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Cross Words for Crosswords
September 21

I hold out fervent hope that if Merv Griffin had not succumbed to cancer earlier in the year, he would have had a heavier hand in the creation of the game show bearing his name. The show gives the impression of an unfinished project; many aspects should have been ironed out during testing and others should have been tossed completely.

The most prominent problem is that the player with the most money "in their podium" at the end of the game is the winner. I know, what else are you going to do, right? Almost all game shows work like that. The problem is that on at least two occasions, a "Spoiler" (Three other players who are competing for a front row position) have won the game by solving the last clue of the game and inheriting the leader's podium.

I have heard three people tell me that this is a great mechanic, that it provides excitement in that anyone can win at any time. I say baloney. I want the best player to win, or to have the best chance to win. The Spoiler Snipe completely sucks that away, because money won stays at the podium where it was earned. The easy fix would be to have all five players with a score, and only those with the front row spot can win.

The "money going to a podium" mechanic sounds all the more absurd when a "Crossword Extra" is "discovered" by one of the players (and that's another thing: the bonus clues aren't discovered at all, they are assigned to pre-planned clues in the game.). For the "Extra," the player bets any or the entire total in that podium on a sight-unseen clue. So, in effect, it's a Daily Double without having the category knowledge beforehand. But why bet a bundle of cash when anyone can swoop in on the next clue to steal the prime position.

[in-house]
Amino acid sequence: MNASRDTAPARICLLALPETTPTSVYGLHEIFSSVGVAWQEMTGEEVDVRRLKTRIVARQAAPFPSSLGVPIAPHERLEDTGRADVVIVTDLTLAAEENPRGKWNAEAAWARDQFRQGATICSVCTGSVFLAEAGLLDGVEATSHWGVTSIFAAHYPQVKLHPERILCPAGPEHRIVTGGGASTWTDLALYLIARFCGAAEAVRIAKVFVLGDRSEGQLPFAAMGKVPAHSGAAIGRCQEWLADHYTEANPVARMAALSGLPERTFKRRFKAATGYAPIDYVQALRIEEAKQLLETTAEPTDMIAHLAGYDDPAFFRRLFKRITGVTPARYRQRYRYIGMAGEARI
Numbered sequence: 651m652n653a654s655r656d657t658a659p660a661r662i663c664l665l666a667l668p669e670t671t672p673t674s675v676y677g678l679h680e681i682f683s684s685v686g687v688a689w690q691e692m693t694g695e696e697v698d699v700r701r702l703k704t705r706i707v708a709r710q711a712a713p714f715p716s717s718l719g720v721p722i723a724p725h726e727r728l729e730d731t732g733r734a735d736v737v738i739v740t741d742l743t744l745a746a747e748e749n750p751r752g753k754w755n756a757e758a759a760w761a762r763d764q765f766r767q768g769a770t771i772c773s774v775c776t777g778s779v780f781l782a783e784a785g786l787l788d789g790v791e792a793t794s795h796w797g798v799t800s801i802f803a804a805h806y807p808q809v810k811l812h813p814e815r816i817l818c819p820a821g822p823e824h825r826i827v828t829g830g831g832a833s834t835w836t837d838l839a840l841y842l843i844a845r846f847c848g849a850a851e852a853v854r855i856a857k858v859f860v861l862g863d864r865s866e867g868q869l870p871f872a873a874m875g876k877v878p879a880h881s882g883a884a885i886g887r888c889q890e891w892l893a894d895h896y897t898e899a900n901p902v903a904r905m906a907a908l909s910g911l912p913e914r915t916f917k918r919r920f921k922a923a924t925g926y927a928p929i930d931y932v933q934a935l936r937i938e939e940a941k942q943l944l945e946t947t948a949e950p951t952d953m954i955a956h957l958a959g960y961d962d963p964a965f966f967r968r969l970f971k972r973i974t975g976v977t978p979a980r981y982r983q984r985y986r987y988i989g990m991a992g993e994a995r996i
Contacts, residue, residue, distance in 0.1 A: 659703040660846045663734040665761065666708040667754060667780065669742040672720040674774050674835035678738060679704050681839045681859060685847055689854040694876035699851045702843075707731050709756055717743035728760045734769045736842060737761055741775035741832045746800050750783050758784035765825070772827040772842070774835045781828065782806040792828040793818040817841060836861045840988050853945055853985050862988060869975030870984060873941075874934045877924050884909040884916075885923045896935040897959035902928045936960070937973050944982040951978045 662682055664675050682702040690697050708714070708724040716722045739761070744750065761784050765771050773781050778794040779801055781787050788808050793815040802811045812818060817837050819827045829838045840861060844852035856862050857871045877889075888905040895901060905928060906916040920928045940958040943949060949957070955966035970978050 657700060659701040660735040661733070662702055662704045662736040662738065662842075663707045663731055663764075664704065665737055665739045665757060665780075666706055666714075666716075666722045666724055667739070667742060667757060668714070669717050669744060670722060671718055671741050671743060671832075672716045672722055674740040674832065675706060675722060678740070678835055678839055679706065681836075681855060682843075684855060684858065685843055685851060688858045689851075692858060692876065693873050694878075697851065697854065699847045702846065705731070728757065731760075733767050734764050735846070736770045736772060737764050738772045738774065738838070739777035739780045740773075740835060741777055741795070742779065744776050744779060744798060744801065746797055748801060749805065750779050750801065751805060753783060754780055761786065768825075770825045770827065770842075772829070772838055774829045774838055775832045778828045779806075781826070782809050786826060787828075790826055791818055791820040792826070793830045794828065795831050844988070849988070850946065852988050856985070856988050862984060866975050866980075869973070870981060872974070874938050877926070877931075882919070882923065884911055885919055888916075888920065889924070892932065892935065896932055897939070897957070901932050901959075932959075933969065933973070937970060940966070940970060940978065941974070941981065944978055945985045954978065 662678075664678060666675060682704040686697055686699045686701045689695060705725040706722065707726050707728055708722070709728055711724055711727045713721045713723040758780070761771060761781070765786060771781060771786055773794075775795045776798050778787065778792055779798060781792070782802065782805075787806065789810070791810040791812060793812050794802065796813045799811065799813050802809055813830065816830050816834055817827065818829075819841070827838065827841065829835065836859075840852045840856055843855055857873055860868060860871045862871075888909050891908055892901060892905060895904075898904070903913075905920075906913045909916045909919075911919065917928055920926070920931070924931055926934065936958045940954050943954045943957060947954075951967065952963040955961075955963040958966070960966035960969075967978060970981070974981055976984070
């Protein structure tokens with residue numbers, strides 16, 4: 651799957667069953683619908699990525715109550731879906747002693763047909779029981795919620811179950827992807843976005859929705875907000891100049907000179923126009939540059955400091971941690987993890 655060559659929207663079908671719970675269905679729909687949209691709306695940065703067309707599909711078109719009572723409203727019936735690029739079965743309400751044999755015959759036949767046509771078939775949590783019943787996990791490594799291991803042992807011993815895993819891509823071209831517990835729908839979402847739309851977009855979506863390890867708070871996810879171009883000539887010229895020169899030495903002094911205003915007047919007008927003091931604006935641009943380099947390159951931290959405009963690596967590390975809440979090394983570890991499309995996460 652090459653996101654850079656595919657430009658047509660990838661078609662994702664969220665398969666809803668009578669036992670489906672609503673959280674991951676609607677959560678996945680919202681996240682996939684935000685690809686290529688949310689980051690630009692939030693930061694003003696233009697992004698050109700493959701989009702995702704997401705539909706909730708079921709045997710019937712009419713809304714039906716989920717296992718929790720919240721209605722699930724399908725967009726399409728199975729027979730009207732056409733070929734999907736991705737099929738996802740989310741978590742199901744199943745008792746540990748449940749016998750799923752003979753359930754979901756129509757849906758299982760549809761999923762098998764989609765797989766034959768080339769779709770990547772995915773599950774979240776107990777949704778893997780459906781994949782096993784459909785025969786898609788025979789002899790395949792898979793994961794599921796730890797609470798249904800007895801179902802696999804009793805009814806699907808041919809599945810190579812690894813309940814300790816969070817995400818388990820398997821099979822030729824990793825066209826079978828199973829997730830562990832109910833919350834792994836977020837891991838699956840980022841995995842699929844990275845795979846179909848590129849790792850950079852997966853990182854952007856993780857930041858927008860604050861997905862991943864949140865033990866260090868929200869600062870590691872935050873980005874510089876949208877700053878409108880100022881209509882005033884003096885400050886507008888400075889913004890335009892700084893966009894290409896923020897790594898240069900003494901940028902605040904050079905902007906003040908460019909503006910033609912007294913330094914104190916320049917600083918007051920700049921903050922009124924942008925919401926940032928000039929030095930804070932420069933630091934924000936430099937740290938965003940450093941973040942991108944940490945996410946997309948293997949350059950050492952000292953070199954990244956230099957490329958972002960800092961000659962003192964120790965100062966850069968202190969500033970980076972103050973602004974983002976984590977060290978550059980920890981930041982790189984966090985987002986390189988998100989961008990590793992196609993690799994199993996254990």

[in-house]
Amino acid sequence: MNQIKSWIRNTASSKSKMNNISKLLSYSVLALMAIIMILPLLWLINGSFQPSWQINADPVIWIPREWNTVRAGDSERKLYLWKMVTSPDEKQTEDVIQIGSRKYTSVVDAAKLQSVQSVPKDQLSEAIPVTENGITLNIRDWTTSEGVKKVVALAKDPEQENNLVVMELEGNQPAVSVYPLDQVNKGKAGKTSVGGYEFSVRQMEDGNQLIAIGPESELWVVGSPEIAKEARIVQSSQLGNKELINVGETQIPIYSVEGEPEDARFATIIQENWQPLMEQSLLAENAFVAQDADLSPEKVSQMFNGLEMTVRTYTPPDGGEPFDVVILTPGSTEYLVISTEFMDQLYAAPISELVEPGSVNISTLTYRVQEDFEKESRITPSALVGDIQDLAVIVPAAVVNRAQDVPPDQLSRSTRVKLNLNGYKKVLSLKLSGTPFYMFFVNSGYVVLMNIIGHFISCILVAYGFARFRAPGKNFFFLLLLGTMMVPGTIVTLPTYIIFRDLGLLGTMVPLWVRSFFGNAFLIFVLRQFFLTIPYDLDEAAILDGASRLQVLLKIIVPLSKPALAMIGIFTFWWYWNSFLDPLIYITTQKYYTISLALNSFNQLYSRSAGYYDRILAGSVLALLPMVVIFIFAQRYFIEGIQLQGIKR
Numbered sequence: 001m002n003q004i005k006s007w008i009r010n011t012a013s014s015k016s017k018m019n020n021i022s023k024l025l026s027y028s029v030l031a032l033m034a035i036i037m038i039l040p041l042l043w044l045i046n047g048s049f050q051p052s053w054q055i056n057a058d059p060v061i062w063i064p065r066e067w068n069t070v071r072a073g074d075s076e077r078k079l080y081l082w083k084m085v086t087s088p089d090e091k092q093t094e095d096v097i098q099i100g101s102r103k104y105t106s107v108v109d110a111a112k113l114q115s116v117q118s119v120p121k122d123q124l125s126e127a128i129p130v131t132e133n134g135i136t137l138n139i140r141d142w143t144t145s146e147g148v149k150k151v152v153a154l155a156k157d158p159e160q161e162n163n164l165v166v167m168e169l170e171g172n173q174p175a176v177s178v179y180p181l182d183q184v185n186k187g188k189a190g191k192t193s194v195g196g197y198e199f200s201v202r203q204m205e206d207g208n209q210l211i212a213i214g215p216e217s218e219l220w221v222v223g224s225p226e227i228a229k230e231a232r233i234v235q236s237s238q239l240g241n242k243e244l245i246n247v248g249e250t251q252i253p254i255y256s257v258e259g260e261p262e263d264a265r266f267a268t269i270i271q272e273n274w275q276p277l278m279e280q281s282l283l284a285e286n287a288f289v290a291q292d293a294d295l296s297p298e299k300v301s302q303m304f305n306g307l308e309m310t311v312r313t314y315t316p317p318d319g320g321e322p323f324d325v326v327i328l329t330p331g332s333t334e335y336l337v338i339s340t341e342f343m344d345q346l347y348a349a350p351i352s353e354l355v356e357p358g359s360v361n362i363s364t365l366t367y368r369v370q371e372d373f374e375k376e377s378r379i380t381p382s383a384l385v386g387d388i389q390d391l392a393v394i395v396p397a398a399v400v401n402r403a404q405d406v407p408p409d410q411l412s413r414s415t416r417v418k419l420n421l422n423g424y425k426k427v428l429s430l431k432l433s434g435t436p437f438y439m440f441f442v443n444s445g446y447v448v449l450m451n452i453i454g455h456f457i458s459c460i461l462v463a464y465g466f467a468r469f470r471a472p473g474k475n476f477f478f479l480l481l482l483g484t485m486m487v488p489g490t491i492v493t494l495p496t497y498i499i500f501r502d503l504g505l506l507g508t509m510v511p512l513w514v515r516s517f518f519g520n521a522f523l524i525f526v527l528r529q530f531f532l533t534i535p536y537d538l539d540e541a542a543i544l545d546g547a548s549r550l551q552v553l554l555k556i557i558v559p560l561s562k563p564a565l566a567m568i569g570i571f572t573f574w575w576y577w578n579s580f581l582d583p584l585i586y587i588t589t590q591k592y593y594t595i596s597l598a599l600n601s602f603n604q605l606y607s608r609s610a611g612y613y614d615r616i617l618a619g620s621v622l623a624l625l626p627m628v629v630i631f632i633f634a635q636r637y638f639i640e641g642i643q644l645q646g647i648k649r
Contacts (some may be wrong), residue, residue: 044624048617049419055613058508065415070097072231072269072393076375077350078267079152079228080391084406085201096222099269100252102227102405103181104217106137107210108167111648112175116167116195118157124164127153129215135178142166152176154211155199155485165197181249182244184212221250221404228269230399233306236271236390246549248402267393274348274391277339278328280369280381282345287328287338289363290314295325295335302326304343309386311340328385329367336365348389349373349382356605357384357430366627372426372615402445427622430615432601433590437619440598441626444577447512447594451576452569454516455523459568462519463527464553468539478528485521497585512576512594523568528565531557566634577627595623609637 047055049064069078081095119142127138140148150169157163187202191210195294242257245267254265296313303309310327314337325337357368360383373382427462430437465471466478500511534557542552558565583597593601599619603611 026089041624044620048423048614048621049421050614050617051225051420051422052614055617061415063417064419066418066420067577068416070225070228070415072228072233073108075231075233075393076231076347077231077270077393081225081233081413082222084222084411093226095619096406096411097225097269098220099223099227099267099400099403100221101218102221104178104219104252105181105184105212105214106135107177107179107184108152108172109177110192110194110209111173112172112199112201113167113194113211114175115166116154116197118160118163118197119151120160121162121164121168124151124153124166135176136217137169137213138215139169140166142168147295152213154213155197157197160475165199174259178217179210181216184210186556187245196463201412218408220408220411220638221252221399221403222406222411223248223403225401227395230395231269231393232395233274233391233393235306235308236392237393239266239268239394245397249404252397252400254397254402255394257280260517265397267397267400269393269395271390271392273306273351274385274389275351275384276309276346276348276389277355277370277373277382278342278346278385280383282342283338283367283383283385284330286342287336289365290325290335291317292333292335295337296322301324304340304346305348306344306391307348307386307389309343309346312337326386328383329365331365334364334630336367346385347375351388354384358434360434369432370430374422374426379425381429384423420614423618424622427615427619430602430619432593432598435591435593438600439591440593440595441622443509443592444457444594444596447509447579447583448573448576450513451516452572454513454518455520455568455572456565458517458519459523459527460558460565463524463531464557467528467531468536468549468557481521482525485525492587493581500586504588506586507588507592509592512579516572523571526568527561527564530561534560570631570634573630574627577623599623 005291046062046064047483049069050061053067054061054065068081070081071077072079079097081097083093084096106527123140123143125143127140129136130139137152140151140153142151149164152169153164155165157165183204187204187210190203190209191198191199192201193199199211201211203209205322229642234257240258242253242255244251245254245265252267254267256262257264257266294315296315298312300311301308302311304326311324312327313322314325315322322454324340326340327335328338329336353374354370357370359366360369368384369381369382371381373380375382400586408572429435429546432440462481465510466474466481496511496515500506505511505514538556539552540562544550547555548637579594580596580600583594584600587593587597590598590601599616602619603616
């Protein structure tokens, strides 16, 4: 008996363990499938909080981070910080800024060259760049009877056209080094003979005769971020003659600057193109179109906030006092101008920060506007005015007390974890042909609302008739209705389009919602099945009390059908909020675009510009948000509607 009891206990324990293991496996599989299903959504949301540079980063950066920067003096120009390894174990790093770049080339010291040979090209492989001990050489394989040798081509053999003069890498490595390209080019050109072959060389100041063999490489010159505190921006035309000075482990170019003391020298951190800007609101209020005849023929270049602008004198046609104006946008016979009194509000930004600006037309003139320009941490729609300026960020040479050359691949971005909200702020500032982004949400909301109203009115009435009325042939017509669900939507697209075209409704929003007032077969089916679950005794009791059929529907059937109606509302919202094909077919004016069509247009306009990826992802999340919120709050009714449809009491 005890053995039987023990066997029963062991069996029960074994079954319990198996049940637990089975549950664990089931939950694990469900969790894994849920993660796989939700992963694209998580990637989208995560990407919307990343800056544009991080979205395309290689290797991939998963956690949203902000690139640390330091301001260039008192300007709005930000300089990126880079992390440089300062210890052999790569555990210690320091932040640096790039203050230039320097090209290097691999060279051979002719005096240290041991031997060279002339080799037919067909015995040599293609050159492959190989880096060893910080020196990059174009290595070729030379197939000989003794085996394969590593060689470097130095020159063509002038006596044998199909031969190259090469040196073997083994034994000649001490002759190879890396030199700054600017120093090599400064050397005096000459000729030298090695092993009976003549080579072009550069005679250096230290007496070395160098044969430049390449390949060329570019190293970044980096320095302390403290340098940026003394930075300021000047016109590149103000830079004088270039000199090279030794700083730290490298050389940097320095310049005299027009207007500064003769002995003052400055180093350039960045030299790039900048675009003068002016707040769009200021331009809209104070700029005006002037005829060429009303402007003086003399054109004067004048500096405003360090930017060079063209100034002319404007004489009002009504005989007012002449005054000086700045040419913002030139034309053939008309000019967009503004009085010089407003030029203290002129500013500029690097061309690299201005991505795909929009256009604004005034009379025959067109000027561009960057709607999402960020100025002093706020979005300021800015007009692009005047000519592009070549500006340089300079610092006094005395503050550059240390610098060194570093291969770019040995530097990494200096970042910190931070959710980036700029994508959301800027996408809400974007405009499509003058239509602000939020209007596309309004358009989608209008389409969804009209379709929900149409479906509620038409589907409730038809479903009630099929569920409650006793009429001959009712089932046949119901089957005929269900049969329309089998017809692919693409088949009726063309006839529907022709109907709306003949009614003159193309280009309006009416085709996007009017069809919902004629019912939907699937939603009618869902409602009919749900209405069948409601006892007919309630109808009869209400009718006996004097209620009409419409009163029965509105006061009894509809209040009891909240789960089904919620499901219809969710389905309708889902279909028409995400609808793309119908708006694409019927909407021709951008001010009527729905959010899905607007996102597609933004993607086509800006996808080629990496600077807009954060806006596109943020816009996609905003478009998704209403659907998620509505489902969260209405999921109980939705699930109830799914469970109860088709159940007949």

Having sat through a handful of episodes, there are more things wrong with Crosswords than there are good things. The players don't pick the next clue; they are led down the path by host Ty Treadway. The "Crossword Getaway" bonus seems slapped on in order to earn a bit of extra money for copy reading. The game is a muddled mess, with spoilers having to wait until the down front players have a chance to play. The host, the aforementioned Treadway, has an uneven cadence that makes him difficult to listen to on a good day.

There are few bright spots; sometimes the clues are interesting, and the bonus round (the winner tries to fill in all remaining clues in the puzzle) provides a bit of tension. But by and large, Crosswords gets too many things wrong to be worth your time.

Twelve letters, $300; he has a Gmail account where you can drop him a line if you disagree. (Travis Eberle).